UTDSIDSINewsBreakthrough in understanding robotic bird

Breakthrough in understanding robotic bird

Robotics professor Prof Stefano Stramigioli of the University of Twente and his team have succeeded, after years of research, in developing methods capable of precisely modelling a robotic bird. The Robird had already existed for a few years, but there were no mathematical methods yet that could consistently capture the movement of a flexible wing. "With this, we are linking physics, engineering and thermodynamics. This model can also be used for many other applications."

Leonardo da Vinci dreamed of machines that could fly with the same ease as birds. Some 600 years later, it is still enormously complicated to mimic ánd map the wing movements of birds. Stefano Stramigioli also dreamt of it for years: a real, true-to-life robotic bird that could be used to chase away real birds near aeroplanes or wind turbines.


Stramigioli received an Advanced Grant from the European Research Council (ERC) in 2018. This involved €2.8 million for this PORTWINGS project. The research grant was used in recent years to realise the current breakthrough. A team of excellent scientists was formed and a printer was purchased to develop new concepts. The money was also used to expand the computing power of lab computers.


"The robird was already fairly unique in the world," Stramigioli explains. "But we actually did not yet understand exactly how nature works. The robird was leading and we have now amassed a huge amount of knowledge that can form a foundation for many engineering projects."

The goal within this project was to understand the physics surrounding flight as well as possible. Think about the interaction between wing and wind. Stramigioli: "Until recently, we were working with imprecise explanations based on limited experimental data. But as scientists, we are now a lot closer to understanding the complex physics of wings. An important step towards robotic birds that take off, fly and land like real birds. With this knowledge, we can build even better robotic birds, and researchers and companies from other disciplines can use our knowledge and models as well."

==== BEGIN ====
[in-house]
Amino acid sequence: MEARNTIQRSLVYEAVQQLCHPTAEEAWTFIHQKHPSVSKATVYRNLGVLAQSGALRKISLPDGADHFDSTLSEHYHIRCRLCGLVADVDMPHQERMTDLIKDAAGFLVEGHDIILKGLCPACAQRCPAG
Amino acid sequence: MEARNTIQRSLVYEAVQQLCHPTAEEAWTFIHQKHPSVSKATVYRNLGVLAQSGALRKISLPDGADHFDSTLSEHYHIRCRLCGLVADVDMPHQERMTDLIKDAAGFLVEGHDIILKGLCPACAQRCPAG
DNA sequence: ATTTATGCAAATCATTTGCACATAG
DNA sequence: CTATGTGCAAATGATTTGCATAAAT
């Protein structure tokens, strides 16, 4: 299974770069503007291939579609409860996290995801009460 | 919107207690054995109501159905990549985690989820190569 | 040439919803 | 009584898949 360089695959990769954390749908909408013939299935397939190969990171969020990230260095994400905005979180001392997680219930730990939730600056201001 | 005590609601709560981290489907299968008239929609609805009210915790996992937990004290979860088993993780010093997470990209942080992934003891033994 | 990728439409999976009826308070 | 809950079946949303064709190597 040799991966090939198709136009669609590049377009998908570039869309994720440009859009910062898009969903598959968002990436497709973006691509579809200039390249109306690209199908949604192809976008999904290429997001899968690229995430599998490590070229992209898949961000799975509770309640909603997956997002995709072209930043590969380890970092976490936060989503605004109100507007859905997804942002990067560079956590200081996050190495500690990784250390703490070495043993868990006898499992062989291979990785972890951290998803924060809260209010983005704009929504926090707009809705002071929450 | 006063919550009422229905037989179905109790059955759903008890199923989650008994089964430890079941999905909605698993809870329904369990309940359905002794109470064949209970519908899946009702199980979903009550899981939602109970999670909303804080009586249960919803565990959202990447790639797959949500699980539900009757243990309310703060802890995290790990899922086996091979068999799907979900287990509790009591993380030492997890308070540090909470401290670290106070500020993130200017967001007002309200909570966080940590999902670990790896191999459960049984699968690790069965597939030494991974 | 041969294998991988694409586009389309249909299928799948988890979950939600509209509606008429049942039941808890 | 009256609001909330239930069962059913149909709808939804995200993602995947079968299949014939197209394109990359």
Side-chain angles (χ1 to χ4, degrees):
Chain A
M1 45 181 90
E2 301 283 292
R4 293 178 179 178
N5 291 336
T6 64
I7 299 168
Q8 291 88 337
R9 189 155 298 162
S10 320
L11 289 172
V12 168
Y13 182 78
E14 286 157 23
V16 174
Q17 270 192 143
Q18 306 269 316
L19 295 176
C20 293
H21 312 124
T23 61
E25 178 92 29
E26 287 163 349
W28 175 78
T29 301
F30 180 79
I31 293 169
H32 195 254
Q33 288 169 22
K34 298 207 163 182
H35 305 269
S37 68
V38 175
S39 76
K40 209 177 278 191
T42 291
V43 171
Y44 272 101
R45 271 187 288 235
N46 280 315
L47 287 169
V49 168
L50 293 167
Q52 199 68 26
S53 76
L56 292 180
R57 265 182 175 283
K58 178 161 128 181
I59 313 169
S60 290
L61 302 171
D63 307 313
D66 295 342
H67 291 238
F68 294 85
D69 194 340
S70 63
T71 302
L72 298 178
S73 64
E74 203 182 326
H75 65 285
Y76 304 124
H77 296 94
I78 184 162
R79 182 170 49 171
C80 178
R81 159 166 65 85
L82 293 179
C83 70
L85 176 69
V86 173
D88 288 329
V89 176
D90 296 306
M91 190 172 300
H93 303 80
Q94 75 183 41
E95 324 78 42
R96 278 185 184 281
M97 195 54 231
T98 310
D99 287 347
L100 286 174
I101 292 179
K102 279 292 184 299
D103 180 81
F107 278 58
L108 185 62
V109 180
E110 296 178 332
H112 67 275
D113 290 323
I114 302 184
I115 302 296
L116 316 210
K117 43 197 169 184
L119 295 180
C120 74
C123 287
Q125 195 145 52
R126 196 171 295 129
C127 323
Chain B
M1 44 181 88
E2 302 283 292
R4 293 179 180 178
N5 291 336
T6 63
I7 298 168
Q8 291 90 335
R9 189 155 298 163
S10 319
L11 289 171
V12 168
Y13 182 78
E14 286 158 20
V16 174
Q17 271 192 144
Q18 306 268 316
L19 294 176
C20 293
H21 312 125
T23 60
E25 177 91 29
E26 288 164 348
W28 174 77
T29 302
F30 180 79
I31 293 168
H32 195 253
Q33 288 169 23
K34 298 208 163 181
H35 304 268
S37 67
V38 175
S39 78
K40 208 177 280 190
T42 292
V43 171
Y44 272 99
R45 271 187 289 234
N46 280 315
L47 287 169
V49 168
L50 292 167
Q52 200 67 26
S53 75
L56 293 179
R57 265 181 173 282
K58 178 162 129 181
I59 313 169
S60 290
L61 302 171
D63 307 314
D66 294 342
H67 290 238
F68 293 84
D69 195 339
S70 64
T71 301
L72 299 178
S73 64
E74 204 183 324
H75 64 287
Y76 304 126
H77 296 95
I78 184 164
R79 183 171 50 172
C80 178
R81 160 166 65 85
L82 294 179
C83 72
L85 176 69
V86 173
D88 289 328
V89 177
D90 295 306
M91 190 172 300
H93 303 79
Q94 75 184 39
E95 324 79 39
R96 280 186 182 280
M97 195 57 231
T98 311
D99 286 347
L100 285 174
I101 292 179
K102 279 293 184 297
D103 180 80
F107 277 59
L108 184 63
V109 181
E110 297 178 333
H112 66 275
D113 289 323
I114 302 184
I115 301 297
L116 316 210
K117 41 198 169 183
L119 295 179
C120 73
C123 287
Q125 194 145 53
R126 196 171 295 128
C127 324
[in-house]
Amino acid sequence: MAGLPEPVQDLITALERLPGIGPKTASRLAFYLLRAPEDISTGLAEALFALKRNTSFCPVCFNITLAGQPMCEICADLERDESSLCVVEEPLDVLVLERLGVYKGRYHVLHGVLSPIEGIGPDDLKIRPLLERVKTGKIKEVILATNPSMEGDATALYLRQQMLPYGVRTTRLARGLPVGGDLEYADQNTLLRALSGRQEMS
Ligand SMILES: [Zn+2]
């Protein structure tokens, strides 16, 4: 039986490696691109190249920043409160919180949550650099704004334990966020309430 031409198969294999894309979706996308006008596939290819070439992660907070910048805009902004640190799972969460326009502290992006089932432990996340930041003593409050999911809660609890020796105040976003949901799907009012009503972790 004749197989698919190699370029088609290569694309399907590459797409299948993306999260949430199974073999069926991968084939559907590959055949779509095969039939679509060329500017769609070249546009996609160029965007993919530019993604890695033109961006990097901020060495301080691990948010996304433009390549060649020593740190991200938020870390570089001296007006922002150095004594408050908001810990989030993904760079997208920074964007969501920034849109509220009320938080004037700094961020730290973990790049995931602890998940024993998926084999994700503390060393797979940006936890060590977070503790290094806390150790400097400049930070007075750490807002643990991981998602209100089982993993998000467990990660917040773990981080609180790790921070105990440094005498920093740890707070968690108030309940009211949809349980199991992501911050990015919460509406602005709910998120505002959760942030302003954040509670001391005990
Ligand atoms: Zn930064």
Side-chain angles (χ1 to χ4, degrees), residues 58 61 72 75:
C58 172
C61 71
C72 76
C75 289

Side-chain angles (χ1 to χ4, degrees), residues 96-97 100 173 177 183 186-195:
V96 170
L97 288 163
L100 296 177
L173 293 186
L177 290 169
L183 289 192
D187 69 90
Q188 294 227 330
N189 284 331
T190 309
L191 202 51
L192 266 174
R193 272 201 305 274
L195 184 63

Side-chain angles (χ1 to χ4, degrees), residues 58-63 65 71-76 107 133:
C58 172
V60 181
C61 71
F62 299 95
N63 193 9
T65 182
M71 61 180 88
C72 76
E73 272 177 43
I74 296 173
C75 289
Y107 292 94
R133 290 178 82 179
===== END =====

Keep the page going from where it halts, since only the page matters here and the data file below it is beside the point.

A new insight surrounding the robotic bird that the researchers shared earlier during this project was a description of fluids in so-called Navier-Stokes equations. These equations are used to predict weather, among other things, but also to model the complex flow theory of aircraft. By using the Port Hamiltonian model, the team managed to link the mechanics of wing deformations to the 3D flow dynamics of the 'fluids' around those wings. Using this model turned out to be a golden hunch for Stramigioli and his team. The insights led to a new method of simulating the physics. It has also resulted in a number of publications in renowned scientific journals, such as Physics of Fluids, Geometry and Physics, Journal of Nonlinear Sciences, Journal of Computational Physics and the new open source library Phyem.


Besides the new fundamental methods, the researchers also wanted to be able to make 3D measurements of the flapping wing, which does not contain steady flow like an aircraft. To do so, they invested in high-quality equipment, such as high-speed cameras.

More information: http://www.portwings.eu/

The Portwings team. In the middle Stefano Stramigioli


Stefano Stramigioli is passionate about the future of robotics and mechatronics. He brings this to the Master Robotics at the University of Twente, but also to top universities abroad. He currently resides in Italy, lecturing at universities in Bologna and Rome. "The level in Rome is high," says Stramigioli. "Not for nothing did Enrico Fermi, one of the greatest physicists of all time, spend his time at this university. I see a lot of interest among students and teachers in robotics, which pleases me."

More about Stefano Stramigioli
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